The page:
A competitive advantage in modern times where the speed of production is demanded is to add value to products or services. Often this added value takes the form of a quality above the average, achieved by applying control procedures.
The contemporary trend towards participatory management also increases the need to delegate authority and encourage employees to work together as a team. Thus, the process of control allows the manager to control the progress of the employees, without hindering their creativity or participation in the work.
In general terms, control is useful to avoid non-compliance, waste, unproductivity, losses, human errors or technical failures.
The controls are set to concentrate on the actual performance results (output), the activities that generate the performance (performance) or the resources that are used to generate it (input).
Performance controls specify how something should be done through policies, rules, standard operating procedures and orders from a superior.
Exit controls specify what needs to be achieved by focusing on the end result of the behaviors through the use of goals and performance goals or important achievements.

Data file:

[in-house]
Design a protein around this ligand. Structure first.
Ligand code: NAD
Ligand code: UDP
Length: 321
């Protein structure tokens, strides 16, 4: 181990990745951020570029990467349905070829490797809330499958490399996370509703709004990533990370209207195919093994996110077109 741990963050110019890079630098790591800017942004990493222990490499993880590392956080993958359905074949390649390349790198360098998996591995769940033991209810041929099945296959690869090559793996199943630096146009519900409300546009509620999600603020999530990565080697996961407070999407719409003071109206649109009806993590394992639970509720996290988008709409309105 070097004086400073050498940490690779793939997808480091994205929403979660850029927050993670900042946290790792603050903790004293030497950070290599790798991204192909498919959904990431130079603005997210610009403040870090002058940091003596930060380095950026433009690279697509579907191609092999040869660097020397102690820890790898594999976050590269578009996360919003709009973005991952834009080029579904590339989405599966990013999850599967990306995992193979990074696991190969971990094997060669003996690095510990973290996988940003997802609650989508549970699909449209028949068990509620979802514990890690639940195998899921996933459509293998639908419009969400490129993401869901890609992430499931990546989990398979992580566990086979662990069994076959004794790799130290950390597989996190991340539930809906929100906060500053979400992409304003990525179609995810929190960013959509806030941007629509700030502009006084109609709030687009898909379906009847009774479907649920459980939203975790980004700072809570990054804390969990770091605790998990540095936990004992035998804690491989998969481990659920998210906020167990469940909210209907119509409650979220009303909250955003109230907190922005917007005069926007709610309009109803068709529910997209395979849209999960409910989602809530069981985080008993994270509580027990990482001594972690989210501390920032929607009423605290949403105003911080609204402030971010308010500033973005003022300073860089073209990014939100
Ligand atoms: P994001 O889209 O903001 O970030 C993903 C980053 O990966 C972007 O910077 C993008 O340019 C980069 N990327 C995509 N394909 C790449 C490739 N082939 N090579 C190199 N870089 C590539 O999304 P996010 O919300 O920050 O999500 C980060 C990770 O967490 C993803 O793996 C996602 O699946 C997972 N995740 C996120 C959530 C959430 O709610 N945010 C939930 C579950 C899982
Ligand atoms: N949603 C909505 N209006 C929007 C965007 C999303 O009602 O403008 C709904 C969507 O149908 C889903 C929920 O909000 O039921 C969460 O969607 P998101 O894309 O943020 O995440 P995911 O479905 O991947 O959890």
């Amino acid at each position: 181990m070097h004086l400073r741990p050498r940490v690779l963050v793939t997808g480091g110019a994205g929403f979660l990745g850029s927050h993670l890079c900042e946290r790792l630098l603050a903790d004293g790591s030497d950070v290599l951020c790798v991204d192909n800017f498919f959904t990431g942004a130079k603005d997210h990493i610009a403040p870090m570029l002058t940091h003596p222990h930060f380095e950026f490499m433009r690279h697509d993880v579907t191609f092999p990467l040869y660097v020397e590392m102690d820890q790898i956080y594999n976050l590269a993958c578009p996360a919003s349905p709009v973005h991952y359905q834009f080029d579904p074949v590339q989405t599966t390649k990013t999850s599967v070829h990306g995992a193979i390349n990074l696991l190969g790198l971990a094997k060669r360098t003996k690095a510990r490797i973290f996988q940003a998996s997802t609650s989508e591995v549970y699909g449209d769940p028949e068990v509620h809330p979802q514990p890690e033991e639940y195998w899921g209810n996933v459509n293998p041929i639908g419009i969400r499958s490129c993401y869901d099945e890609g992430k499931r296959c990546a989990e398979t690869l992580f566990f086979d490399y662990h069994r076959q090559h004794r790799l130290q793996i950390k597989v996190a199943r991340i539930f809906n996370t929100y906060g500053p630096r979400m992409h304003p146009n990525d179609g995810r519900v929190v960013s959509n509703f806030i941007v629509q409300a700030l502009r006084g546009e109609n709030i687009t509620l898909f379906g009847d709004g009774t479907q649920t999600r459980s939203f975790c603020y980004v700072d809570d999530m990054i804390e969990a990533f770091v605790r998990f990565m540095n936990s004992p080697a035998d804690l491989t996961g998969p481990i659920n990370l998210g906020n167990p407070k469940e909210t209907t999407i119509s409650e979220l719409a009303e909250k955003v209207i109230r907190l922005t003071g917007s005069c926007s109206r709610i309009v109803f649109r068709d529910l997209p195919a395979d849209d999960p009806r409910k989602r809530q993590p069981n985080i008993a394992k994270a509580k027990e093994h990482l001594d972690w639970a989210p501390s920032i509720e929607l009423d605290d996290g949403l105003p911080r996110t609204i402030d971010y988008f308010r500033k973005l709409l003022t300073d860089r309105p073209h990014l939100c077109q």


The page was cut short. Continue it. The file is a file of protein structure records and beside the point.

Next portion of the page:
Input controls specify resources, such as knowledge, skills, abilities, values and motives of employees.
The performance, output and input controls are not interchangeable. The former is more appropriate when the performance results are difficult to measure, but the cause-effect relationship between the activities and the results is clear. Exit controls are more appropriate when specific exit measures have been agreed, but the cause-effect relationship between the activities and the results is not clear. Input controls are more suitable when the output is difficult to measure and there is no clear cause-and-effect relationship between performance and performance. Corporations that apply the conglomerate diversification strategy tend to emphasize exit controls in their divisions and subsidiaries, while those that follow concentric diversification use the three types of controls. Although the three types of controls are used, one or two of them are more prominent, which depends on the circumstances.